return render_template("index.html", content = list_images())
 
   @app.route("/process_image", methods = ["POST"]) # save the uploaded image and convert it to base64
   # process the image upload request by converting it to base64 and querying Weaviate
   def process_image():
           uploaded_file = Image.open(request.files['filepath'].stream)
           buffer = BytesIO()
           uploaded_file.save(buffer, format="JPEG")
           img_str = base64.b64encode(buffer.getvalue()).decode()
 
           weaviate_results = weaviate_img_search(img_str)
           print(weaviate_results)
 
           results = []
           for result in weaviate_results:
               results.append({
                   "path": result["filepath"],
                   "breed": result["breed"]
               })
 
           print(f"\n {results} \n")
           return render_template("index.html", content = results, dog_image = img_str)

Our index.html template has been set up to show images of the returned dog breeds.

{ % for x in content % }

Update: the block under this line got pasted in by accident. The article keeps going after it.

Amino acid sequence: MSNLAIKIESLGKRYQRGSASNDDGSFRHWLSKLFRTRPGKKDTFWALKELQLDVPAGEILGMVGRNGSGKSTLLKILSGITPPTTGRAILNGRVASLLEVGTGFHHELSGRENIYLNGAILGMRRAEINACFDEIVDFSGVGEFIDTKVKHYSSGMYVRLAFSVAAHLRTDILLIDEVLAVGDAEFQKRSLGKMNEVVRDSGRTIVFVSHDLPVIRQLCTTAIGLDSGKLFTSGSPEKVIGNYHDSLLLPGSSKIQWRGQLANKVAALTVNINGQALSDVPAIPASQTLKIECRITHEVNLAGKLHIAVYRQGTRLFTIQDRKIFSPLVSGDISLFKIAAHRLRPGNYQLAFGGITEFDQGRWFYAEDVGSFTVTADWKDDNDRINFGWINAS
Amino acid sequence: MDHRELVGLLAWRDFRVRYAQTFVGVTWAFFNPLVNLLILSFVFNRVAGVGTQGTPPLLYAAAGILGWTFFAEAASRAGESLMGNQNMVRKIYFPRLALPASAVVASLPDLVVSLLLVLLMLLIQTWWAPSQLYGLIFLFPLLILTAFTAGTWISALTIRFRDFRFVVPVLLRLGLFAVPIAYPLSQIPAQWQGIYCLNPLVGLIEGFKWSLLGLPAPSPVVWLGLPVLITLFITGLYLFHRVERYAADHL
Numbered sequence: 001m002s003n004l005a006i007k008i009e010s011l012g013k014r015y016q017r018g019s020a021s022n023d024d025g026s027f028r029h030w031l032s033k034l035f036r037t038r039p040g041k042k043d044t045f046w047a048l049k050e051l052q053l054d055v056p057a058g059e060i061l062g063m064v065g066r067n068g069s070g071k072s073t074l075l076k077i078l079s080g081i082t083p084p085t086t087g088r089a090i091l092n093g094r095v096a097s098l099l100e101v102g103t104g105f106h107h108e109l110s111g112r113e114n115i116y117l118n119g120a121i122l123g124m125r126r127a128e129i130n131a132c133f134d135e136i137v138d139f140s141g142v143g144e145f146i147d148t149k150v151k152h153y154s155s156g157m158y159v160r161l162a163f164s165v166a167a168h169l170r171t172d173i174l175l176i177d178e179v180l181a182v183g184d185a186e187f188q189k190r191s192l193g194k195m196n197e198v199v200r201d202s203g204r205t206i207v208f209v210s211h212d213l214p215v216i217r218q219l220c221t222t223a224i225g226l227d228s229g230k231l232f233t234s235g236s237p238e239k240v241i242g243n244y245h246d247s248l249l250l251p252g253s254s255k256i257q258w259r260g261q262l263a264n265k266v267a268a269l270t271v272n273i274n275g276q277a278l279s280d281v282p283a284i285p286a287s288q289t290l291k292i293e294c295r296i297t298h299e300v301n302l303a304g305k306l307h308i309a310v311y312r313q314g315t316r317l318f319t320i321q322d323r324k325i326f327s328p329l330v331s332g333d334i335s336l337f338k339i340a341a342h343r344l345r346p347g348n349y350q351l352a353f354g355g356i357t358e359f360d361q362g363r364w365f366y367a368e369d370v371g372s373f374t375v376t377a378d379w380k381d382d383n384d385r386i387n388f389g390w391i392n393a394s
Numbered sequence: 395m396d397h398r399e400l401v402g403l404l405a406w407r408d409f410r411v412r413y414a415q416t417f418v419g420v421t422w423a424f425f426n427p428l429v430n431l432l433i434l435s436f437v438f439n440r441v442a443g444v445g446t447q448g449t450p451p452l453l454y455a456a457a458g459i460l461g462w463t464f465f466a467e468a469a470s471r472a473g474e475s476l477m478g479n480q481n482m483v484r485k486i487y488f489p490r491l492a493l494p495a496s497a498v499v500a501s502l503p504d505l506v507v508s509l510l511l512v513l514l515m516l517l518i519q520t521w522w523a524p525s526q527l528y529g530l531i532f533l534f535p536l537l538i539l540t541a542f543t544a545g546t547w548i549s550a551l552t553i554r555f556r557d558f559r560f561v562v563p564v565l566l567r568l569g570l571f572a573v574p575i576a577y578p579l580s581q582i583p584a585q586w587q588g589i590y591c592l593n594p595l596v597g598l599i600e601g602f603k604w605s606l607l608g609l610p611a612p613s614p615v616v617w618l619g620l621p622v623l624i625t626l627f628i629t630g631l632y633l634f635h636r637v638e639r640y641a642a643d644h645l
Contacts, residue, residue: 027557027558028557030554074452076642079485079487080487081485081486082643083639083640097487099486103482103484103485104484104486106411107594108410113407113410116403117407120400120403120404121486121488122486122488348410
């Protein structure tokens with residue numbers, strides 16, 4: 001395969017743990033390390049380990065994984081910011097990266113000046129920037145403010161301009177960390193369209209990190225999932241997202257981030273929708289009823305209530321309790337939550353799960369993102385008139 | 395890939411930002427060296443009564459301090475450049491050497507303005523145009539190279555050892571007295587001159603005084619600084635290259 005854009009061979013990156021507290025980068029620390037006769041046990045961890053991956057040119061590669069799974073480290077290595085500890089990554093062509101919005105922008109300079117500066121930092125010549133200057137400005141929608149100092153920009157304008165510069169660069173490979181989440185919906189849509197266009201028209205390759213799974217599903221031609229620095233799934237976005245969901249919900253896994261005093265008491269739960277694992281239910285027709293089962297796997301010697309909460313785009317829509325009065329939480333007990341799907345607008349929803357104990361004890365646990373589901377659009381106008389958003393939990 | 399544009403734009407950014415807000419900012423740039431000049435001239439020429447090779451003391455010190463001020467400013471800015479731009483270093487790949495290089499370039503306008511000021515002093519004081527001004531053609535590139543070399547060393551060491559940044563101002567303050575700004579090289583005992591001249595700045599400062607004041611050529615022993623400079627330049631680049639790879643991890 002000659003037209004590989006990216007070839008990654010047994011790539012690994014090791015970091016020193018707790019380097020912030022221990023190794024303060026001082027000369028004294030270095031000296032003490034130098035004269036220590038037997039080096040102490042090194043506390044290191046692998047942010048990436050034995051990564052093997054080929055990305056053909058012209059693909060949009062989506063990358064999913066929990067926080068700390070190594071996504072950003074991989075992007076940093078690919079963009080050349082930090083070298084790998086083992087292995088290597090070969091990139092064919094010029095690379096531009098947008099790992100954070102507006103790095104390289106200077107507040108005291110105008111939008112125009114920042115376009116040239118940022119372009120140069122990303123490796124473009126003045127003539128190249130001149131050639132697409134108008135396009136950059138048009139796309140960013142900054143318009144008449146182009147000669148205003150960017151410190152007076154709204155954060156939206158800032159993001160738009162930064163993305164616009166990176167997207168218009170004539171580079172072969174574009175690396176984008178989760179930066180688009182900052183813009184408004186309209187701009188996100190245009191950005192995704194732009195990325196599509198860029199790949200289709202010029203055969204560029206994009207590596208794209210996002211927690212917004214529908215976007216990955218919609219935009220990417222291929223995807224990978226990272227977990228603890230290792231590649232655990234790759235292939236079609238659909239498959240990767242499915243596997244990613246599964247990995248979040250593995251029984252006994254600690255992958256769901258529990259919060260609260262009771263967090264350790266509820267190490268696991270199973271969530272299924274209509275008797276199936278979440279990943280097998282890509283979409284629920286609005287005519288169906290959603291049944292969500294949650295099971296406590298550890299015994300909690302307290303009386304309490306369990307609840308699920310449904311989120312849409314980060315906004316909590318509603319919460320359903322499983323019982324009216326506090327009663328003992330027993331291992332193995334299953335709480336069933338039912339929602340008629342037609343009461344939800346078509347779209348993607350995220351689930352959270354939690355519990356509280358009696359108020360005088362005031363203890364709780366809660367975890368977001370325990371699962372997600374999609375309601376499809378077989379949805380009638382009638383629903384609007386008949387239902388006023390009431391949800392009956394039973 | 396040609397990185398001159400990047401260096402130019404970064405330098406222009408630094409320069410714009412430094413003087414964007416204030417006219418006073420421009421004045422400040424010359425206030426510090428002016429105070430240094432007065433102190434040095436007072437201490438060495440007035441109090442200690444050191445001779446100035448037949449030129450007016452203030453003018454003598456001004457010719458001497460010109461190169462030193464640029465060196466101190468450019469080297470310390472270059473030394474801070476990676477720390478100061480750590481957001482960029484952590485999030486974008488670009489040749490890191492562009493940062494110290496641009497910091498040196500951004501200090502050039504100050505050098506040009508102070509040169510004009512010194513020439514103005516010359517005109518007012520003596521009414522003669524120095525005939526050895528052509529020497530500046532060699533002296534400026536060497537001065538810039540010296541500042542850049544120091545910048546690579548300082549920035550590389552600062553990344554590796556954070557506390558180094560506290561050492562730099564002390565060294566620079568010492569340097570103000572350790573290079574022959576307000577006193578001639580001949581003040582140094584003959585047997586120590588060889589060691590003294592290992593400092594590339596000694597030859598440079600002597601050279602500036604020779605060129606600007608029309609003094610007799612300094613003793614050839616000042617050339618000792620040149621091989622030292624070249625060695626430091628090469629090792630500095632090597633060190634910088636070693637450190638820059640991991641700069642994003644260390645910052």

<div class="imgCard">
    <img src = "./static/img/" + x["path"] > </img>
    <h4>  </h4>
</div>
{ % endfor % }

We then run the application as such;

if __name__ == "__main__":
   app.run()

Now you will run this file with;

python flask-app/application.py

If you navigate to 127.0.0.1, you will see the running web app.

Let’s test a query to see which dog looks most similar to a Goldendoodle puppy. We can see that the puppy resembles the Goldendoodle and Golden Retriever that are in our database.

Results

And just like that, you’ve built a complete app! Users can load an image of their favorite dog and see the nearest neighbor breed in the database!

Summary

In this demo, we reviewed how to:

  1. Create and upload your data schema
  2. Connect the Weaviate demo to a web application using Flask
  3. Use the nearImage operator in Weaviate

And while this example uses a small dataset, Weaviate can power image searches like this at scale with very large datasets and in production environments. We think that you will be impressed at how fast it is, and how quickly you can build amazing search capabilities with image datasets. And when you do - please tell us all about it! We love hearing from our users in our great community.

Thanks for reading, and see you soon. You can also check out the other great Weaviate demos on Github!

What’s Next

Check out the Getting Started with Weaviate and begin building amazing apps with Weaviate.

You can reach out to us on Slack or Twitter.

Weaviate is open source, you can follow the project on GitHub. Don’t forget to give us a ⭐️ while you are there.